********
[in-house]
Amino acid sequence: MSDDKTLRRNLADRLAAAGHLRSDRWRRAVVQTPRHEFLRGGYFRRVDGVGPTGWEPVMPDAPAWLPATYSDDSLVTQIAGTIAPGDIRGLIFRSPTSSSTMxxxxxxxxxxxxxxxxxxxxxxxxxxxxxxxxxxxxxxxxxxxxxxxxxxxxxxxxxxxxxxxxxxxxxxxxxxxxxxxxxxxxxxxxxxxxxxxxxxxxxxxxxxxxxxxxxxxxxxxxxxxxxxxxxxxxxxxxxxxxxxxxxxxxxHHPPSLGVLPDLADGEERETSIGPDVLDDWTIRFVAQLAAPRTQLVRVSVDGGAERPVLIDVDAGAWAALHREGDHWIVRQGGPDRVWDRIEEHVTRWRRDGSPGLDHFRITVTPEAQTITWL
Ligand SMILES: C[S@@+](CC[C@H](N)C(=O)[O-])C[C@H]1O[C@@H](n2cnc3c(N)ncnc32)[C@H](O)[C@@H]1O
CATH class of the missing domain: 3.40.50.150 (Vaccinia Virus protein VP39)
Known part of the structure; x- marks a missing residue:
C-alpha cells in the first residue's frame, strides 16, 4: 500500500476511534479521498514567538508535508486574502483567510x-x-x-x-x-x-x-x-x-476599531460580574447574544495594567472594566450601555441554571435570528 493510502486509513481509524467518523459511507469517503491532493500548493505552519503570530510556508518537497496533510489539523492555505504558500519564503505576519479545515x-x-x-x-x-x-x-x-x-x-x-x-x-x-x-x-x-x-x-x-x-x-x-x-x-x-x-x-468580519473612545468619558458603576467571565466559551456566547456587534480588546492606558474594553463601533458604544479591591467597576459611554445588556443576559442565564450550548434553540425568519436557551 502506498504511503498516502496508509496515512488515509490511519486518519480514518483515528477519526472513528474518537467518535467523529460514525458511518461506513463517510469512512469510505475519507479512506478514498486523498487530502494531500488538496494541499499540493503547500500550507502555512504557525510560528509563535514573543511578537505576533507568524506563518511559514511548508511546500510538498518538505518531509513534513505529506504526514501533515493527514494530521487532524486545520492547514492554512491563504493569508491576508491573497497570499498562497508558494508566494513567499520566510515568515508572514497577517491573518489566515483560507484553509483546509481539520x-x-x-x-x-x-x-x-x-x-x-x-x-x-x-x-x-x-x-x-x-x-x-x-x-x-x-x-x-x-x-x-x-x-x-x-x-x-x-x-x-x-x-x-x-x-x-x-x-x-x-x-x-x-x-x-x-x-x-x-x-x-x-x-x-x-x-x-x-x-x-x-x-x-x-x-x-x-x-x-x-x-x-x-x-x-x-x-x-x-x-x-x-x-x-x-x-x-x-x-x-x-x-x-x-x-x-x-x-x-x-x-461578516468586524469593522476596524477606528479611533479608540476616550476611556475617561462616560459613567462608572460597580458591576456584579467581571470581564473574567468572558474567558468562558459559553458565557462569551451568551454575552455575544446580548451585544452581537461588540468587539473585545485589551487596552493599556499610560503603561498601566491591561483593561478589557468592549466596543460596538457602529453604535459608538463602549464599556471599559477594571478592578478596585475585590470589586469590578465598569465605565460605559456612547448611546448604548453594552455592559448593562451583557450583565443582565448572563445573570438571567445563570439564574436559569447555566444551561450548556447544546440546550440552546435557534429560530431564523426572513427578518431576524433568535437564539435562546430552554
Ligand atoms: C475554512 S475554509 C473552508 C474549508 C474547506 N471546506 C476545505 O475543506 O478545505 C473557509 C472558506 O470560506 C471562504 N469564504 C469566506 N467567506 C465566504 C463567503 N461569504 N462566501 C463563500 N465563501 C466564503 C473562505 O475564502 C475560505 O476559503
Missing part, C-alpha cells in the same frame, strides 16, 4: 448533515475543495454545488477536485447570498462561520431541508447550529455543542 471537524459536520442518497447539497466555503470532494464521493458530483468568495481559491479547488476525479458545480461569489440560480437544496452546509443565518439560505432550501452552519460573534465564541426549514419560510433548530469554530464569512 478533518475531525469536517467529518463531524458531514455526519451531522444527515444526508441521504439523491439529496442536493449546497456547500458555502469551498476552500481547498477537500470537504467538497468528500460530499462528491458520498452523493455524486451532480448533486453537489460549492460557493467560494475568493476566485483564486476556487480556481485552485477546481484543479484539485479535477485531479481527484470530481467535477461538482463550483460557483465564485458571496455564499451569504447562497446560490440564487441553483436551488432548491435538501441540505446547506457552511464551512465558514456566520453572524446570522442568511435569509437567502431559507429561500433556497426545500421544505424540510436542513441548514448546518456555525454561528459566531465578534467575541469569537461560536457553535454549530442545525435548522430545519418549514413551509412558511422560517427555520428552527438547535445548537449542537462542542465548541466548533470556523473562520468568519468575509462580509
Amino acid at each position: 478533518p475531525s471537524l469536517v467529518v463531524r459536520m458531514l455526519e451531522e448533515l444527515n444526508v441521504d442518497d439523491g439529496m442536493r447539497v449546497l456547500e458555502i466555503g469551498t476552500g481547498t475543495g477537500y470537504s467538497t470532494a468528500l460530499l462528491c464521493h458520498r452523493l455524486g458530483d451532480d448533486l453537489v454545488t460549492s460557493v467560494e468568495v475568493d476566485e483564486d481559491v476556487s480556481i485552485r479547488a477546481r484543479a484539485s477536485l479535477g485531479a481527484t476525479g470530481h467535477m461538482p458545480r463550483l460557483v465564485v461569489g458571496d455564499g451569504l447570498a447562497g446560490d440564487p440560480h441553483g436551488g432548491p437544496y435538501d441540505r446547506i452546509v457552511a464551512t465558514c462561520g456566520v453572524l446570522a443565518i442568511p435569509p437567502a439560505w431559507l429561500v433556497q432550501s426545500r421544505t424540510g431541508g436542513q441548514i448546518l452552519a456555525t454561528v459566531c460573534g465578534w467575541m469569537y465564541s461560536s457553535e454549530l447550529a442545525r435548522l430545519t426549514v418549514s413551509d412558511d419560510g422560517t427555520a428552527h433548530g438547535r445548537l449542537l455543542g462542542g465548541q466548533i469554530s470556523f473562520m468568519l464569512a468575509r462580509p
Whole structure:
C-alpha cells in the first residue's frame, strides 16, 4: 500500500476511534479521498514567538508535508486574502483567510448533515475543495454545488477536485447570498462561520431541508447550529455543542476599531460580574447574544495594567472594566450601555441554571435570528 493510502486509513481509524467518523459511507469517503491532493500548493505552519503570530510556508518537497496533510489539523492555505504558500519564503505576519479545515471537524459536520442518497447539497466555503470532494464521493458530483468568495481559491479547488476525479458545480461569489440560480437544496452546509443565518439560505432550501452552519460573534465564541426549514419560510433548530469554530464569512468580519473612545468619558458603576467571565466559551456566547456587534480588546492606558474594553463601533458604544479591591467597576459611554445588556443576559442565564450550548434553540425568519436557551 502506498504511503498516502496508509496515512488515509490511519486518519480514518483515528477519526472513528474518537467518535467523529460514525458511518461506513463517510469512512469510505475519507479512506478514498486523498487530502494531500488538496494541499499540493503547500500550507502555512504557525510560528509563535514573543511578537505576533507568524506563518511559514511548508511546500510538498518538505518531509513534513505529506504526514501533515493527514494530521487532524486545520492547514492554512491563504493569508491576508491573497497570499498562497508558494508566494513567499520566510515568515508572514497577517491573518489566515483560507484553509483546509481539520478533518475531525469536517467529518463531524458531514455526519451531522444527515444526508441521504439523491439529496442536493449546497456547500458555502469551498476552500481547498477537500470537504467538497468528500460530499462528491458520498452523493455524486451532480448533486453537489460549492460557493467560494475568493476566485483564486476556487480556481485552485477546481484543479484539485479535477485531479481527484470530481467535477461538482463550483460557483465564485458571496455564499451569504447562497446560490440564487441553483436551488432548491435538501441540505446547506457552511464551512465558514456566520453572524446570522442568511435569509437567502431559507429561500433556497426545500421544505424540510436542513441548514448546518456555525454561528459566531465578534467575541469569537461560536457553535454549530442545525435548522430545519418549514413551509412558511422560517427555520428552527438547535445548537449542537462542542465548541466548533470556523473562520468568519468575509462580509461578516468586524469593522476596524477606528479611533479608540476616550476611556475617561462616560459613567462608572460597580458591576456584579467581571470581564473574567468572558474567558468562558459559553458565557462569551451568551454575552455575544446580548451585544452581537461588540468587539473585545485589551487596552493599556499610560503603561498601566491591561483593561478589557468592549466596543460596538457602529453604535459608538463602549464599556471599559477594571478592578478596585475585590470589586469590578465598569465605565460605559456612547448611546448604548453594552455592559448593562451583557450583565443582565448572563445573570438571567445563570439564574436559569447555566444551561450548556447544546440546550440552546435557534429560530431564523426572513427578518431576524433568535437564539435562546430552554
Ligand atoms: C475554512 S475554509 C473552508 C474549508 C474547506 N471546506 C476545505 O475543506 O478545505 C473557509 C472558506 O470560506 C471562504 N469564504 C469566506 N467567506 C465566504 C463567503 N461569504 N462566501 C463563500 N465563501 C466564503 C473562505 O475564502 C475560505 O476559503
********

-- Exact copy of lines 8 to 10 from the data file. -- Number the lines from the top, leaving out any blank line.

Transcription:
Missing part, C-alpha cells in the same frame, strides 16, 4: 448533515475543495454545488477536485447570498462561520431541508447550529455543542 471537524459536520442518497447539497466555503470532494464521493458530483468568495481559491479547488476525479458545480461569489440560480437544496452546509443565518439560505432550501452552519460573534465564541426549514419560510433548530469554530464569512 478533518475531525469536517467529518463531524458531514455526519451531522444527515444526508441521504439523491439529496442536493449546497456547500458555502469551498476552500481547498477537500470537504467538497468528500460530499462528491458520498452523493455524486451532480448533486453537489460549492460557493467560494475568493476566485483564486476556487480556481485552485477546481484543479484539485479535477485531479481527484470530481467535477461538482463550483460557483465564485458571496455564499451569504447562497446560490440564487441553483436551488432548491435538501441540505446547506457552511464551512465558514456566520453572524446570522442568511435569509437567502431559507429561500433556497426545500421544505424540510436542513441548514448546518456555525454561528459566531465578534467575541469569537461560536457553535454549530442545525435548522430545519418549514413551509412558511422560517427555520428552527438547535445548537449542537462542542465548541466548533470556523473562520468568519468575509462580509
Amino acid at each position: 478533518p475531525s471537524l469536517v467529518v463531524r459536520m458531514l455526519e451531522e448533515l444527515n444526508v441521504d442518497d439523491g439529496m442536493r447539497v449546497l456547500e458555502i466555503g469551498t476552500g481547498t475543495g477537500y470537504s467538497t470532494a468528500l460530499l462528491c464521493h458520498r452523493l455524486g458530483d451532480d448533486l453537489v454545488t460549492s460557493v467560494e468568495v475568493d476566485e483564486d481559491v476556487s480556481i485552485r479547488a477546481r484543479a484539485s477536485l479535477g485531479a481527484t476525479g470530481h467535477m461538482p458545480r463550483l460557483v465564485v461569489g458571496d455564499g451569504l447570498a447562497g446560490d440564487p440560480h441553483g436551488g432548491p437544496y435538501d441540505r446547506i452546509v457552511a464551512t465558514c462561520g456566520v453572524l446570522a443565518i442568511p435569509p437567502a439560505w431559507l429561500v433556497q432550501s426545500r421544505t424540510g431541508g436542513q441548514i448546518l452552519a456555525t454561528v459566531c460573534g465578534w467575541m469569537y465564541s461560536s457553535e454549530l447550529a442545525r435548522l430545519t426549514v418549514s413551509d412558511d419560510g422560517t427555520a428552527h433548530g438547535r445548537l449542537l455543542g462542542g465548541q466548533i469554530s470556523f473562520m468568519l464569512a468575509r462580509p
Whole structure: